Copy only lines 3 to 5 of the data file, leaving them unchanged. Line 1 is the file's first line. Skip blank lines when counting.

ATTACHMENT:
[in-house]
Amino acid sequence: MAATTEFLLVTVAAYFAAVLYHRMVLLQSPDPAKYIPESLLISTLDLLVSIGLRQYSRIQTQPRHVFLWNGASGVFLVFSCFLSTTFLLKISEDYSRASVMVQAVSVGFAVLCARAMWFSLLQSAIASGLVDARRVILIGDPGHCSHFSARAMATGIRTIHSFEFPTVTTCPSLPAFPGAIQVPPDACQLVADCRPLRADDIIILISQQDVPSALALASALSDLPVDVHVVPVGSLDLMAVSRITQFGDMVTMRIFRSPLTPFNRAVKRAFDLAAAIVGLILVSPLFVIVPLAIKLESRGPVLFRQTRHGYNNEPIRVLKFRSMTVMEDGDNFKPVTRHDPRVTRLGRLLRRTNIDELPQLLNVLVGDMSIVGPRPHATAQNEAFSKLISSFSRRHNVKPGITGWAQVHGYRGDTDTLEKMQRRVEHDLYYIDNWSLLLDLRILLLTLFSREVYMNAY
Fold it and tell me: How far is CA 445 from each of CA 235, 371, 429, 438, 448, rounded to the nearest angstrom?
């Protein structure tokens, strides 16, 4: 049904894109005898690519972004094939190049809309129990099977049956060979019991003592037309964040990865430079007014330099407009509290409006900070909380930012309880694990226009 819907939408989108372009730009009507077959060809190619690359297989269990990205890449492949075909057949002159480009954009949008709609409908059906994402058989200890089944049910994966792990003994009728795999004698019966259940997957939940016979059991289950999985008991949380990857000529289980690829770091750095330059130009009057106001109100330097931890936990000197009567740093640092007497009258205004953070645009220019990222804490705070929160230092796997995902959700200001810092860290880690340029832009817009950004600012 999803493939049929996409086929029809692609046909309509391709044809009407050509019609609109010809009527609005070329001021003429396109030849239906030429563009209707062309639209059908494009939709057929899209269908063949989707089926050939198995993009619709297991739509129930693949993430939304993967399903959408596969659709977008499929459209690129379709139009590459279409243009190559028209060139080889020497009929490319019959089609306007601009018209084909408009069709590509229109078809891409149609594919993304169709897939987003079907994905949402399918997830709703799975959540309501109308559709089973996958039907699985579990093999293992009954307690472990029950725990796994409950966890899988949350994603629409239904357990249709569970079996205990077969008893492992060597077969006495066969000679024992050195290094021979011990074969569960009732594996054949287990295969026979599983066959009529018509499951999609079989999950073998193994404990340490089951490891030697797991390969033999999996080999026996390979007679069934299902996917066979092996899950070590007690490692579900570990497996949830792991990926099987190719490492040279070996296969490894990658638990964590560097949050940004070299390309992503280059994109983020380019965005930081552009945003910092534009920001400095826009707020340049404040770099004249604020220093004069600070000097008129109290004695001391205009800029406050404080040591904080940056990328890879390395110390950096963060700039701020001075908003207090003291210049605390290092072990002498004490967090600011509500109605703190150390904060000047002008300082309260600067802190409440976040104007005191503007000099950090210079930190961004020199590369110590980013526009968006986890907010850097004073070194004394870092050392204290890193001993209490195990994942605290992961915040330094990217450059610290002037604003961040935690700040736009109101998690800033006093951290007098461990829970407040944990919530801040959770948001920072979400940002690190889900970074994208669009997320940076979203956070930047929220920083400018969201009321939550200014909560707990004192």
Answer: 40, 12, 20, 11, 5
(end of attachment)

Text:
Fold it and tell me: How far is CA 445 from each of CA 235, 371, 429, 438, 448, rounded to the nearest angstrom?
């Protein structure tokens, strides 16, 4: 049904894109005898690519972004094939190049809309129990099977049956060979019991003592037309964040990865430079007014330099407009509290409006900070909380930012309880694990226009 819907939408989108372009730009009507077959060809190619690359297989269990990205890449492949075909057949002159480009954009949008709609409908059906994402058989200890089944049910994966792990003994009728795999004698019966259940997957939940016979059991289950999985008991949380990857000529289980690829770091750095330059130009009057106001109100330097931890936990000197009567740093640092007497009258205004953070645009220019990222804490705070929160230092796997995902959700200001810092860290880690340029832009817009950004600012 999803493939049929996409086929029809692609046909309509391709044809009407050509019609609109010809009527609005070329001021003429396109030849239906030429563009209707062309639209059908494009939709057929899209269908063949989707089926050939198995993009619709297991739509129930693949993430939304993967399903959408596969659709977008499929459209690129379709139009590459279409243009190559028209060139080889020497009929490319019959089609306007601009018209084909408009069709590509229109078809891409149609594919993304169709897939987003079907994905949402399918997830709703799975959540309501109308559709089973996958039907699985579990093999293992009954307690472990029950725990796994409950966890899988949350994603629409239904357990249709569970079996205990077969008893492992060597077969006495066969000679024992050195290094021979011990074969569960009732594996054949287990295969026979599983066959009529018509499951999609079989999950073998193994404990340490089951490891030697797991390969033999999996080999026996390979007679069934299902996917066979092996899950070590007690490692579900570990497996949830792991990926099987190719490492040279070996296969490894990658638990964590560097949050940004070299390309992503280059994109983020380019965005930081552009945003910092534009920001400095826009707020340049404040770099004249604020220093004069600070000097008129109290004695001391205009800029406050404080040591904080940056990328890879390395110390950096963060700039701020001075908003207090003291210049605390290092072990002498004490967090600011509500109605703190150390904060000047002008300082309260600067802190409440976040104007005191503007000099950090210079930190961004020199590369110590980013526009968006986890907010850097004073070194004394870092050392204290890193001993209490195990994942605290992961915040330094990217450059610290002037604003961040935690700040736009109101998690800033006093951290007098461990829970407040944990919530801040959770948001920072979400940002690190889900970074994208669009997320940076979203956070930047929220920083400018969201009321939550200014909560707990004192």
Answer: 40, 12, 20, 11, 5